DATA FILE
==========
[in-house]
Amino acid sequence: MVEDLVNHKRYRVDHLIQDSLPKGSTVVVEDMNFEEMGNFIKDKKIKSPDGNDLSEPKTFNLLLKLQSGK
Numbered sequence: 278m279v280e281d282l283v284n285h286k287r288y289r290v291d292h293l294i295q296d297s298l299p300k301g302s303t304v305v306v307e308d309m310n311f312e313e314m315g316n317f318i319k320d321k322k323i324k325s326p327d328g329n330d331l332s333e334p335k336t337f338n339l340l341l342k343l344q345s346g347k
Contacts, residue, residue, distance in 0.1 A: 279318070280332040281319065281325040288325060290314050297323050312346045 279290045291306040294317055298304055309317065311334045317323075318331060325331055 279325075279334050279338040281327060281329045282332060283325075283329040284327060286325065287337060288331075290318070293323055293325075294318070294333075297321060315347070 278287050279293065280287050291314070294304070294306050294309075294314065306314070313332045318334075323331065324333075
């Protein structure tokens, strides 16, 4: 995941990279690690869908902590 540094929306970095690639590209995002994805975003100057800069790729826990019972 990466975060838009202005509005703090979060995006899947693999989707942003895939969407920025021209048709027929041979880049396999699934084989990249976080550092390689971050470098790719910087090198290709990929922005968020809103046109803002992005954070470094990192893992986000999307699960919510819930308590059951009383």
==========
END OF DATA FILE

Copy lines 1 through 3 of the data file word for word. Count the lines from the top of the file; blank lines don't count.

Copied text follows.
[in-house]
Amino acid sequence: MVEDLVNHKRYRVDHLIQDSLPKGSTVVVEDMNFEEMGNFIKDKKIKSPDGNDLSEPKTFNLLLKLQSGK
Numbered sequence: 278m279v280e281d282l283v284n285h286k287r288y289r290v291d292h293l294i295q296d297s298l299p300k301g302s303t304v305v306v307e308d309m310n311f312e313e314m315g316n317f318i319k320d321k322k323i324k325s326p327d328g329n330d331l332s333e334p335k336t337f338n339l340l341l342k343l344q345s346g347k